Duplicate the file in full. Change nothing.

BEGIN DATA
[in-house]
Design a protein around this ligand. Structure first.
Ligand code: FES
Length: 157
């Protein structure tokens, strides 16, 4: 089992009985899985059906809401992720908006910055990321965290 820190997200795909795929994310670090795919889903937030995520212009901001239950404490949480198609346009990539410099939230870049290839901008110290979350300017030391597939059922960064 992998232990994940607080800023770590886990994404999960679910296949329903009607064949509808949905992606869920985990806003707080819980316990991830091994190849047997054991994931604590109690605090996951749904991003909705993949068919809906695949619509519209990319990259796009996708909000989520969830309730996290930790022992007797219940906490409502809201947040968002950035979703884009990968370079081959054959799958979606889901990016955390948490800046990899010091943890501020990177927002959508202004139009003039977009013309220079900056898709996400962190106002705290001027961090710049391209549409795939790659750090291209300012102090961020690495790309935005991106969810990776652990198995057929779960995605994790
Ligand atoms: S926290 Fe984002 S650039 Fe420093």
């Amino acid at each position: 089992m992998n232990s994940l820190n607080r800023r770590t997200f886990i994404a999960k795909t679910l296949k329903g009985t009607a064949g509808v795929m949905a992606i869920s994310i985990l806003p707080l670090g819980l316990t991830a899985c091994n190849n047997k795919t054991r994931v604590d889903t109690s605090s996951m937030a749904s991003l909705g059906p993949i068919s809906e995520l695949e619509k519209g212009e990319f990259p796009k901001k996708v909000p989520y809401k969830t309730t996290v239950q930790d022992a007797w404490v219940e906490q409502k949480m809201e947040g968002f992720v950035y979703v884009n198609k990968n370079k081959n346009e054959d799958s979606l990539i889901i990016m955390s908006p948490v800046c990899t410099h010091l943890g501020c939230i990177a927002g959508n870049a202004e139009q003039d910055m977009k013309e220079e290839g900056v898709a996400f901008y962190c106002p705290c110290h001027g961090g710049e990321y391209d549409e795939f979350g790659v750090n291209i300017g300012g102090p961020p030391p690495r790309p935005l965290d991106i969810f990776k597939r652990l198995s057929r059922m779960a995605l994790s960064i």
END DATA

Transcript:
[in-house]
Design a protein around this ligand. Structure first.
Ligand code: FES
Length: 157
């Protein structure tokens, strides 16, 4: 089992009985899985059906809401992720908006910055990321965290 820190997200795909795929994310670090795919889903937030995520212009901001239950404490949480198609346009990539410099939230870049290839901008110290979350300017030391597939059922960064 992998232990994940607080800023770590886990994404999960679910296949329903009607064949509808949905992606869920985990806003707080819980316990991830091994190849047997054991994931604590109690605090996951749904991003909705993949068919809906695949619509519209990319990259796009996708909000989520969830309730996290930790022992007797219940906490409502809201947040968002950035979703884009990968370079081959054959799958979606889901990016955390948490800046990899010091943890501020990177927002959508202004139009003039977009013309220079900056898709996400962190106002705290001027961090710049391209549409795939790659750090291209300012102090961020690495790309935005991106969810990776652990198995057929779960995605994790
Ligand atoms: S926290 Fe984002 S650039 Fe420093």
């Amino acid at each position: 089992m992998n232990s994940l820190n607080r800023r770590t997200f886990i994404a999960k795909t679910l296949k329903g009985t009607a064949g509808v795929m949905a992606i869920s994310i985990l806003p707080l670090g819980l316990t991830a899985c091994n190849n047997k795919t054991r994931v604590d889903t109690s605090s996951m937030a749904s991003l909705g059906p993949i068919s809906e995520l695949e619509k519209g212009e990319f990259p796009k901001k996708v909000p989520y809401k969830t309730t996290v239950q930790d022992a007797w404490v219940e906490q409502k949480m809201e947040g968002f992720v950035y979703v884009n198609k990968n370079k081959n346009e054959d799958s979606l990539i889901i990016m955390s908006p948490v800046c990899t410099h010091l943890g501020c939230i990177a927002g959508n870049a202004e139009q003039d910055m977009k013309e220079e290839g900056v898709a996400f901008y962190c106002p705290c110290h001027g961090g710049e990321y391209d549409e795939f979350g790659v750090n291209i300017g300012g102090p961020p030391p690495r790309p935005l965290d991106i969810f990776k597939r652990l198995s057929r059922m779960a995605l994790s960064i």